Former AG recalls ex-primary industries minister’s ‘cold attitude’ in preparing palm oil case against EU
KUALA LUMPUR – The attempt to set up a local team of lawyers to combat discriminatory measures by the European Union (EU) against Malaysian oil palm saw the relationship between Tan Sri Tommy Thomas and then primary industries minister Teresa Kok sour under the former Pakatan Harapan (PH) government.
Thomas, who was then attorney-general, said he had decided to hire a team of lawyers locally to challenge the legality of EU’s view on the matter before the World Trade Organisation (WTO).
This, he said, was because he believed they could hold their own against any adversary anywhere in the world.
“Being unsuccessful in a WTO (World Trade Organisation) challenge was not an option, and Malaysia had to put a crack team in place and be superbly ready for the hearing. The prime minister agreed,” he said.
“The following morning, I telephoned the minister, Teresa Kok, to ask her to chair a meeting of all the stakeholders at the Primary Industries Ministry.
“I said I would bring a legal team. She agreed, and the meeting was promptly fixed,“ he recounted in his newly released book, My Story: Justice in the Wilderness.
Thomas said he had selected lawyers Datuk Yeo Yang Poh, Sitpah Selvaratnam, Dhinesh Baskaran, Cheng Mai and Fahri Azzat.
“Influencing my choices were their familiarity with business and scientific issues. All except Sitpah agreed to charge discounted rates based on hourly time sheets, which they would maintain.
“Sitpah Selvaratnam was my partner and later a consultant with my previous law firm. She agreed, for the second time, to share her world-class experience and expertise with the government for free. Sitpah acted pro bono.”
Additionally, Thomas also formed a team of five lawyers from the Attorney-General’s Chambers’ (AGC) international affairs division (IAD), led by its head, Haliza Aini Othman, and his then special officer Ann Khong Hui Li.
“I had known Teresa Kok for decades. She was often present at functions where the Bar Council and NGOs would meet. She would also accompany Lim Kit Siang for discussions,” he recalled.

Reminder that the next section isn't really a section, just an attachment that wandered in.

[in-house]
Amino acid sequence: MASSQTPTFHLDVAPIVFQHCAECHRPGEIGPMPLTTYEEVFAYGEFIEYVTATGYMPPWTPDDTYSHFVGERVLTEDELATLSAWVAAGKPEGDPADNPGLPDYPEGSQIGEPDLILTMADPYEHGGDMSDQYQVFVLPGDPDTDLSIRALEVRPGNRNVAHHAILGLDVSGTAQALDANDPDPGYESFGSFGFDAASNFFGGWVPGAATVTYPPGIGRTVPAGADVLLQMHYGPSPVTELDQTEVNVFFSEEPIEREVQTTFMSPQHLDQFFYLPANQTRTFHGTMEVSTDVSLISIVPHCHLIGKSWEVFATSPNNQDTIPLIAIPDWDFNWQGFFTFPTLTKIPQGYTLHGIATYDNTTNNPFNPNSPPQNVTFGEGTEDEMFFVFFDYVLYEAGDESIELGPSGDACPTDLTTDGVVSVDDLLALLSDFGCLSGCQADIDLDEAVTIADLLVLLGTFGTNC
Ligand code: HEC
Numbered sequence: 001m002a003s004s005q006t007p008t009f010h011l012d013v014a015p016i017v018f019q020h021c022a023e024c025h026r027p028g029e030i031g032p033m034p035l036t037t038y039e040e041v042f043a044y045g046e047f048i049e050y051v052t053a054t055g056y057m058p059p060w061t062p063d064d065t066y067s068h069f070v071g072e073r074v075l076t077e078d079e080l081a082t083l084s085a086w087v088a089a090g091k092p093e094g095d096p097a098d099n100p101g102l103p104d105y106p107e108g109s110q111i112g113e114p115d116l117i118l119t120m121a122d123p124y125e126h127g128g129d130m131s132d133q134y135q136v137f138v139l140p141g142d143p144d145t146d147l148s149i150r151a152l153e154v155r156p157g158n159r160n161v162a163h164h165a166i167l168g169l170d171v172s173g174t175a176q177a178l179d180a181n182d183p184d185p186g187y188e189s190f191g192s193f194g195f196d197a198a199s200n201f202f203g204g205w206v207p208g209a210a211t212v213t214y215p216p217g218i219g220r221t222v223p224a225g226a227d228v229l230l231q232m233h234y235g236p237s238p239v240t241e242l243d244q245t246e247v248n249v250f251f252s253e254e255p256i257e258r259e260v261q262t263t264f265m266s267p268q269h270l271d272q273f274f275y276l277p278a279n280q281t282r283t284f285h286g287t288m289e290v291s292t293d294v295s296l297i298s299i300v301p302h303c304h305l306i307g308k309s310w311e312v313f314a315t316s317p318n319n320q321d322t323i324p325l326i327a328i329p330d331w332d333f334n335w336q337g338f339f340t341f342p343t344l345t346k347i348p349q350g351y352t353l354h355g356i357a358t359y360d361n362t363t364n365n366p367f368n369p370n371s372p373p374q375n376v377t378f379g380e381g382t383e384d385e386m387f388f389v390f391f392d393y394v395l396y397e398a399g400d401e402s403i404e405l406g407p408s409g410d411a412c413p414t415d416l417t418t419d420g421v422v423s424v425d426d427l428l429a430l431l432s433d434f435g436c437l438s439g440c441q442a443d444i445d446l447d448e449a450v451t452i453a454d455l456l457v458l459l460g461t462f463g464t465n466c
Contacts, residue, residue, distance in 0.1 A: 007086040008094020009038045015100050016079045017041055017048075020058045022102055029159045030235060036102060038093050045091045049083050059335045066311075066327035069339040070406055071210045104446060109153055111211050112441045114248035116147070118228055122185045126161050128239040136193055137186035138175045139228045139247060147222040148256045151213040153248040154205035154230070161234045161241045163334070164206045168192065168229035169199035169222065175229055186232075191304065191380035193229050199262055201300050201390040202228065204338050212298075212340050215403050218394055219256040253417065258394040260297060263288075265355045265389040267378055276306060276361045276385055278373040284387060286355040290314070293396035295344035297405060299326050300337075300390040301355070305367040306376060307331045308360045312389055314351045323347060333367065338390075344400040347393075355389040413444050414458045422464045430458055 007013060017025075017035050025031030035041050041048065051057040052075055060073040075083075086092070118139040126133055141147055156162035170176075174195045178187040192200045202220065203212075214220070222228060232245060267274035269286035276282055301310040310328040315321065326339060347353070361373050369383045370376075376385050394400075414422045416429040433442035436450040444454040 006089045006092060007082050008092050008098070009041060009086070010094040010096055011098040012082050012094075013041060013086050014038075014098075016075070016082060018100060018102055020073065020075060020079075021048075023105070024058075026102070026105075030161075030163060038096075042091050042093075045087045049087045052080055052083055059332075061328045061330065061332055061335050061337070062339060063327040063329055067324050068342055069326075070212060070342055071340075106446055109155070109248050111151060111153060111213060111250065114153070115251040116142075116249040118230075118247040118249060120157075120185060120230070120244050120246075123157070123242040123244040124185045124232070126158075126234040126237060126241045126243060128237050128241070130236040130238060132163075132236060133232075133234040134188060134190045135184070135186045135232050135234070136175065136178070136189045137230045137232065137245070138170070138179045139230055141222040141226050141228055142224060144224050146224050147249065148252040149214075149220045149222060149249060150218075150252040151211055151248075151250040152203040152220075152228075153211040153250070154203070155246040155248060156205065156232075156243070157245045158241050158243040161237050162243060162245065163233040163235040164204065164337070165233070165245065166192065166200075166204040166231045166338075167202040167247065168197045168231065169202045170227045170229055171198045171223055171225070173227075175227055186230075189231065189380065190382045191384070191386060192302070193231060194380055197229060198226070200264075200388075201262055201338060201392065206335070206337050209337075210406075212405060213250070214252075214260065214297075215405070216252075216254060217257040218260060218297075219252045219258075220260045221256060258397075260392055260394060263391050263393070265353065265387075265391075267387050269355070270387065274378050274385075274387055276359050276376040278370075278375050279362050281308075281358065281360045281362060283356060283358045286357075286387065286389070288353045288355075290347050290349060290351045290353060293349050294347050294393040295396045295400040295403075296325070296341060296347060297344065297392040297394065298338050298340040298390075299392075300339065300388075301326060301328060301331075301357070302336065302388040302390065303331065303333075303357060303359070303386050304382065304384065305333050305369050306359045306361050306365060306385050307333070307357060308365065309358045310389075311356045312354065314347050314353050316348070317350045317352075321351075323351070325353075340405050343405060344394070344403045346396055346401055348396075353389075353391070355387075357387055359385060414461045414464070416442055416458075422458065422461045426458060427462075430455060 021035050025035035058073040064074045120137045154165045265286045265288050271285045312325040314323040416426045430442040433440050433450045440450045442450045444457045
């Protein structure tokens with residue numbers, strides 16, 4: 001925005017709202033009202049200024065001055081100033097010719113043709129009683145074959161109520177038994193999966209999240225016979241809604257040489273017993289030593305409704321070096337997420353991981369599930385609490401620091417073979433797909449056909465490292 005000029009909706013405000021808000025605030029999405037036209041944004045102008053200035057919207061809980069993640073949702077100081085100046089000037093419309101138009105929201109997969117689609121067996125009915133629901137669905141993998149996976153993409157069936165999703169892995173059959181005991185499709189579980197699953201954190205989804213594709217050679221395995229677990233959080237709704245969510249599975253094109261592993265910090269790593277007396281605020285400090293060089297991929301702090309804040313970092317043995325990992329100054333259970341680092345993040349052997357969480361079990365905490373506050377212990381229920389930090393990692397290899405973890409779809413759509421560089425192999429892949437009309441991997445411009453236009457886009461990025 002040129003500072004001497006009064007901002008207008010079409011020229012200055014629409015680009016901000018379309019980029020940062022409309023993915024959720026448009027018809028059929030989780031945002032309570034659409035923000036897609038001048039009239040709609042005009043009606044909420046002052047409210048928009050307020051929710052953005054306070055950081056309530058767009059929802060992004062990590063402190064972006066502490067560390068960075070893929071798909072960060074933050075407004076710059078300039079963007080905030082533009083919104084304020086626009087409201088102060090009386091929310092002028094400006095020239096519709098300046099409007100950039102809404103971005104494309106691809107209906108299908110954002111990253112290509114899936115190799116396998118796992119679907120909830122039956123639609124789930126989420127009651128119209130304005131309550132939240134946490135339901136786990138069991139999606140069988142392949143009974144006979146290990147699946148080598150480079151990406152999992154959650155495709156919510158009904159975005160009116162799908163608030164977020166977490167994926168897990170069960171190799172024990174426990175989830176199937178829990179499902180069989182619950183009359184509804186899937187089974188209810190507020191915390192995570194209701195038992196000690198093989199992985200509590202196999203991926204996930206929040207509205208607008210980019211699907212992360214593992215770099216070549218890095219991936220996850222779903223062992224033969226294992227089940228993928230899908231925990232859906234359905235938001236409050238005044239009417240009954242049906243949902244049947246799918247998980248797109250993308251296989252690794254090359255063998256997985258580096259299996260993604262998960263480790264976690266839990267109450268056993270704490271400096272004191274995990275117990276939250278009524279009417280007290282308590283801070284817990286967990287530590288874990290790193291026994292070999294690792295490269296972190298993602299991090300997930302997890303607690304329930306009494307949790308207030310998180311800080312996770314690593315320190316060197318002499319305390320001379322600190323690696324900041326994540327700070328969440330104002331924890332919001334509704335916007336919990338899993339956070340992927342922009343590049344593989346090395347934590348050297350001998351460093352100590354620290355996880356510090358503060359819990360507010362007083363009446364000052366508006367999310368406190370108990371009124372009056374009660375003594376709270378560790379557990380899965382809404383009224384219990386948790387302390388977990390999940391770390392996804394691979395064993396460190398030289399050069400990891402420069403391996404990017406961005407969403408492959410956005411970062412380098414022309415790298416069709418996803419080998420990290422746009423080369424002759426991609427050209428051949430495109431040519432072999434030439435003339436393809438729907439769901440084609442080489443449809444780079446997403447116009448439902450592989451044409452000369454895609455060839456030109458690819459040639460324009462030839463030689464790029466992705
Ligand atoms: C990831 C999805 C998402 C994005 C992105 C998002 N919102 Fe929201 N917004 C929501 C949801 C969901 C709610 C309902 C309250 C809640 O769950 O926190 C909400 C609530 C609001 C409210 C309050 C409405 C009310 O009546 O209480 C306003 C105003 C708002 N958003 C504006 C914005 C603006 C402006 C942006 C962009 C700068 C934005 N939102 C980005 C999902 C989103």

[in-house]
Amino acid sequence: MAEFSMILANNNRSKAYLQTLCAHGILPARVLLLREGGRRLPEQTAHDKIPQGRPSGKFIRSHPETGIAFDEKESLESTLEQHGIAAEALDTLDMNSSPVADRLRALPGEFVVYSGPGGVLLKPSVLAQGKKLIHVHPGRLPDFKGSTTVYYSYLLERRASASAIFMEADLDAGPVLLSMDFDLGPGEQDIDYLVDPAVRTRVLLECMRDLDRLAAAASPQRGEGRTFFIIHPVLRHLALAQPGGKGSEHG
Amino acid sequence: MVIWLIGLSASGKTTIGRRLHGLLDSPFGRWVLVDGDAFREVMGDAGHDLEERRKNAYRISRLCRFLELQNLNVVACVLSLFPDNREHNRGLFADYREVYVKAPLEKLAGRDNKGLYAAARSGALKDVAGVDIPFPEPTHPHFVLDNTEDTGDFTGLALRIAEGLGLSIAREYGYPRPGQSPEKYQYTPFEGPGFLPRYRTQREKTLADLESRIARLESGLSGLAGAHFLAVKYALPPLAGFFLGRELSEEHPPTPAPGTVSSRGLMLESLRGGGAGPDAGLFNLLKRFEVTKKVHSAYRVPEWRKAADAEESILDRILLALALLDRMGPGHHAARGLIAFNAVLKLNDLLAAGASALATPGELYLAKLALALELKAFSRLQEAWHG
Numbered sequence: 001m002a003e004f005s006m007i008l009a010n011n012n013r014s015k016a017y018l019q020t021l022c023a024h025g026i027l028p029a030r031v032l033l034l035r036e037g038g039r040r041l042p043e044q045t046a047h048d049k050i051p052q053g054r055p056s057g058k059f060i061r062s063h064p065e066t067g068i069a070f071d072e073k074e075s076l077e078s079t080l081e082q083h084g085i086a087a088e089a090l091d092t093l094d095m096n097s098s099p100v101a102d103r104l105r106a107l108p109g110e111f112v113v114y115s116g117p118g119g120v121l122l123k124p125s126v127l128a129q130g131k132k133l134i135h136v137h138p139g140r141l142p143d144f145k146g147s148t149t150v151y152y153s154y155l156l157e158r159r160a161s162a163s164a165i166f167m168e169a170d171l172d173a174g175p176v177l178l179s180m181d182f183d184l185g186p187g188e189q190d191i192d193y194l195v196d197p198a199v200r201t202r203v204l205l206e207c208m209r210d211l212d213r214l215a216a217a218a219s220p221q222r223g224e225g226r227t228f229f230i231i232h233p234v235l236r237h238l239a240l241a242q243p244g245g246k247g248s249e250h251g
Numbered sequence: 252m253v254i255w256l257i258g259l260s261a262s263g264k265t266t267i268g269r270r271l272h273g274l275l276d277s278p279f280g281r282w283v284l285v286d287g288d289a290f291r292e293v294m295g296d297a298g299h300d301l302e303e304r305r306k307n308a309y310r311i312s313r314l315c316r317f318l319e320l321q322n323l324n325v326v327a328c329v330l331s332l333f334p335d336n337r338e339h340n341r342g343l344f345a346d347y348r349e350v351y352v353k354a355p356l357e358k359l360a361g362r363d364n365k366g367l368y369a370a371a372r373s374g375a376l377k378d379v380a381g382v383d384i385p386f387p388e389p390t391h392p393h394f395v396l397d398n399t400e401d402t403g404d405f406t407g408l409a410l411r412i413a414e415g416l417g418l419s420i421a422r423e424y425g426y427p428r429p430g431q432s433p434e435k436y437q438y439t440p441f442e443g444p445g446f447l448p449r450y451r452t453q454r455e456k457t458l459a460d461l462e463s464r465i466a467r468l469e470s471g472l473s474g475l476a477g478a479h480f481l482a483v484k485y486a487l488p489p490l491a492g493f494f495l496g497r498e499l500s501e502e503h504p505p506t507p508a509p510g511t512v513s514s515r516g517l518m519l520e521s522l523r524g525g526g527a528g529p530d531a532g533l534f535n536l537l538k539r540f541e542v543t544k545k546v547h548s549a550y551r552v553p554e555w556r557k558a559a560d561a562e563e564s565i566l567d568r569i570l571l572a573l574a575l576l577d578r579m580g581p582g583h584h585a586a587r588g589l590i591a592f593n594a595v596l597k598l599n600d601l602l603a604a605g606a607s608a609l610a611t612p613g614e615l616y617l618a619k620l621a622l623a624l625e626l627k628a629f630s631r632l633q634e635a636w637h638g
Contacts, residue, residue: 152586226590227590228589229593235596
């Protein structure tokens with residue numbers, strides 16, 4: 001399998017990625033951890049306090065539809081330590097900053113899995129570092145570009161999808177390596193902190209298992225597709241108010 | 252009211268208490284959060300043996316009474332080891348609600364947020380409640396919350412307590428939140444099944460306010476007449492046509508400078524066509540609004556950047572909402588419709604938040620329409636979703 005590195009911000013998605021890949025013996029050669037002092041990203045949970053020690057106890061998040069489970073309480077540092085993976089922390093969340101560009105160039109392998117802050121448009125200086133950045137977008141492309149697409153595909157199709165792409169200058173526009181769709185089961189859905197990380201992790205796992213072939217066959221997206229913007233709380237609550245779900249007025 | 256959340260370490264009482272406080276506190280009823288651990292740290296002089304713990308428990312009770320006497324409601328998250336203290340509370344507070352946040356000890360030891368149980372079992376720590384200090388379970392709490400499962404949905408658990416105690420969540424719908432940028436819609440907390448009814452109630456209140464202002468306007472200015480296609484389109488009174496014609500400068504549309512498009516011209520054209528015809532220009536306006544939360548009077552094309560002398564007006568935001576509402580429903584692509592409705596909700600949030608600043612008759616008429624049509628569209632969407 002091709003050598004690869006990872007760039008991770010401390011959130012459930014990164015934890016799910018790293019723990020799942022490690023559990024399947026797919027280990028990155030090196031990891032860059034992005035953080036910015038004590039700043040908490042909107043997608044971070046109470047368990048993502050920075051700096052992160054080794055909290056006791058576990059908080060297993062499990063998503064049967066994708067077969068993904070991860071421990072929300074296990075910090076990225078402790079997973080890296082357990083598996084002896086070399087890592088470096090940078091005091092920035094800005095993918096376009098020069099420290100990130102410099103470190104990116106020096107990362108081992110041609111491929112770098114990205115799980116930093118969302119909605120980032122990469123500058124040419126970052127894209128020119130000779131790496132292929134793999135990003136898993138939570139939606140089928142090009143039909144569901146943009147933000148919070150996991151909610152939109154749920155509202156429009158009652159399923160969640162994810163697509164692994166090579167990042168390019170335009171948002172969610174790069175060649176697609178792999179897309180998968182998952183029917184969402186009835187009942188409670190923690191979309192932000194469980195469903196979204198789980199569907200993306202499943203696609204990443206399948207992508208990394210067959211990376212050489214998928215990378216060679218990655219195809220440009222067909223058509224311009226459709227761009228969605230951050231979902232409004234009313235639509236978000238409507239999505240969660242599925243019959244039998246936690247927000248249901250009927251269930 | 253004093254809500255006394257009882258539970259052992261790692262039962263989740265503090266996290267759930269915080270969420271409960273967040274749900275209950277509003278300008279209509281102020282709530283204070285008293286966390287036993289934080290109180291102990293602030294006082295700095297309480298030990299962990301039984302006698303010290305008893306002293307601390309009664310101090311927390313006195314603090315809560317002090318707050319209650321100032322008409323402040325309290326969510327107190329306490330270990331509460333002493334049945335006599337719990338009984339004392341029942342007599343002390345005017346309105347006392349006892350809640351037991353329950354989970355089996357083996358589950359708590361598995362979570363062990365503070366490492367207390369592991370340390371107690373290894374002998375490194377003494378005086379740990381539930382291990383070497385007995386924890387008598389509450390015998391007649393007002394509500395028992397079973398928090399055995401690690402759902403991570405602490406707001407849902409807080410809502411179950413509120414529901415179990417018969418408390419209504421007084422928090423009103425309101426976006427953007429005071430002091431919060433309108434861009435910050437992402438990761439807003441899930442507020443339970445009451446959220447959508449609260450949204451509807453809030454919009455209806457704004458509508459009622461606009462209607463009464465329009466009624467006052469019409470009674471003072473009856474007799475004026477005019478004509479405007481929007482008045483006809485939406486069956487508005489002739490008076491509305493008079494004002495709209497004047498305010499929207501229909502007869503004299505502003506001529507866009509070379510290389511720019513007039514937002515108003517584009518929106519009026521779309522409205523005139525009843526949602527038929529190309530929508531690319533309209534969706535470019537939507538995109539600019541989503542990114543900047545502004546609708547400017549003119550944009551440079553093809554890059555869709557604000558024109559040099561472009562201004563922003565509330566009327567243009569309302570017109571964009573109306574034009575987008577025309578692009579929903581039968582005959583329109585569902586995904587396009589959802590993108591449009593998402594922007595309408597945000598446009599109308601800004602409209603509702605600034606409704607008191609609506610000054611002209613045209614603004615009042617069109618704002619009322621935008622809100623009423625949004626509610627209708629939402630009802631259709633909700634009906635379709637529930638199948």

“I had a cordial relationship with Teresa Kok prior to her appointment as minister, and that continued in the early months of the PH administration.”
However, during the first meeting at the ministry, Thomas said civil servants and guests from various governmental bodies were not happy with his approach in appointing a team of local lawyers.
“They thought I was too confident. They were not happy with my appointment of the five from the Bar.
“The ministry staff stated that they had been working with a European law firm, which had a presence in Belgium. Apparently, the European lawyers were specialists on WTO law.”
In response, Thomas said that, since this was a Malaysian case involving Malaysians working in the oil palm industry, it was critical that local lawyers be involved.
“Not only would they be cheaper, but they would also loyally serve the nation’s interests. I said I could vouch for the integrity of the lawyers chosen,” he wrote.
He added that he did not rule out using foreign lawyers, but at a later stage, when the WTO papers were filed and for the hearing.
Thomas also told the meeting that he was hoping to appear personally before the WTO on behalf of Malaysia.
“Minister Teresa Kok took the side of her staff. She said that payment for fees for Malaysian lawyers could not come out of the budget from her ministry.
“I replied that since it was a cabinet decision to sue, I would write to the finance minister for a budget for legal and experts’ fees.
“From that moment, my relations with Teresa Kok soured. As far as I was concerned, the meeting did not go well.”
He said that his request for a budget was immediately approved by then finance minister Lim Guan Eng.
Due to the cold attitude of those present at the first meeting, Tommy said he decided to prepare the EU case differently, without any or little input from the ministry and their statutory bodies.
“Instead, I decided that my legal team would get their briefings from companies in the private sector, which dominates our palm oil industry.
“I contacted the captains of the industry. Tan Sri Lee Oi Hian from Kuala Lumpur Kepong Bhd, Datuk Carl Bek-Nielsen from United Plantations and Datuk Franki Dass from Sime Darby.
“Datuk Azhar Abdul Hamid,the managing director of Felda, also assisted. I am most obliged to them.”
Thomas expressed hope that what he had set into motion for the WTO challenge will be taken to its logical conclusion, given the impact of EU laws on Malaysia’s palm oil industry.
By : G. Surach – THE VIBES